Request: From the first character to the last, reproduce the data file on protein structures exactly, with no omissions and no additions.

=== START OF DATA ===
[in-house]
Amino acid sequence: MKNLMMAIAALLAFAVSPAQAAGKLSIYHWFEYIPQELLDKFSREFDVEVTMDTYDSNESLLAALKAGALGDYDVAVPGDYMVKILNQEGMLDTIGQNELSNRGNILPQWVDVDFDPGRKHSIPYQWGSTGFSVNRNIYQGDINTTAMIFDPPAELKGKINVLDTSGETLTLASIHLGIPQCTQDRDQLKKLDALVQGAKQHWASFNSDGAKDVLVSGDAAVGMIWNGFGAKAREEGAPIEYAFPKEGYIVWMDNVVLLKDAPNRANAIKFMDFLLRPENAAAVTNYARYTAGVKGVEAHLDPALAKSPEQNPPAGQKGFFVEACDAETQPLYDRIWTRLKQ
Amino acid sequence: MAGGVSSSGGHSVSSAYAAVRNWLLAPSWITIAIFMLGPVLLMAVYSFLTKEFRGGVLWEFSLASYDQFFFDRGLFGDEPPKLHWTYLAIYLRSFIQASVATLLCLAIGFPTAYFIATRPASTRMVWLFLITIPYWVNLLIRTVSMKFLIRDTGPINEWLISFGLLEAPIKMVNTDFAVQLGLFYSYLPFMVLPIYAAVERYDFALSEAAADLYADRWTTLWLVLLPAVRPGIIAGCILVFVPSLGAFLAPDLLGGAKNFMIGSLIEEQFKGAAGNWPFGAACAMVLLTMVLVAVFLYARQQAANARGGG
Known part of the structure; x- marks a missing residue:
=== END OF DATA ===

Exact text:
[in-house]
Amino acid sequence: MKNLMMAIAALLAFAVSPAQAAGKLSIYHWFEYIPQELLDKFSREFDVEVTMDTYDSNESLLAALKAGALGDYDVAVPGDYMVKILNQEGMLDTIGQNELSNRGNILPQWVDVDFDPGRKHSIPYQWGSTGFSVNRNIYQGDINTTAMIFDPPAELKGKINVLDTSGETLTLASIHLGIPQCTQDRDQLKKLDALVQGAKQHWASFNSDGAKDVLVSGDAAVGMIWNGFGAKAREEGAPIEYAFPKEGYIVWMDNVVLLKDAPNRANAIKFMDFLLRPENAAAVTNYARYTAGVKGVEAHLDPALAKSPEQNPPAGQKGFFVEACDAETQPLYDRIWTRLKQ
Amino acid sequence: MAGGVSSSGGHSVSSAYAAVRNWLLAPSWITIAIFMLGPVLLMAVYSFLTKEFRGGVLWEFSLASYDQFFFDRGLFGDEPPKLHWTYLAIYLRSFIQASVATLLCLAIGFPTAYFIATRPASTRMVWLFLITIPYWVNLLIRTVSMKFLIRDTGPINEWLISFGLLEAPIKMVNTDFAVQLGLFYSYLPFMVLPIYAAVERYDFALSEAAADLYADRWTTLWLVLLPAVRPGIIAGCILVFVPSLGAFLAPDLLGGAKNFMIGSLIEEQFKGAAGNWPFGAACAMVLLTMVLVAVFLYARQQAANARGGG
Known part of the structure; x- marks a missing residue: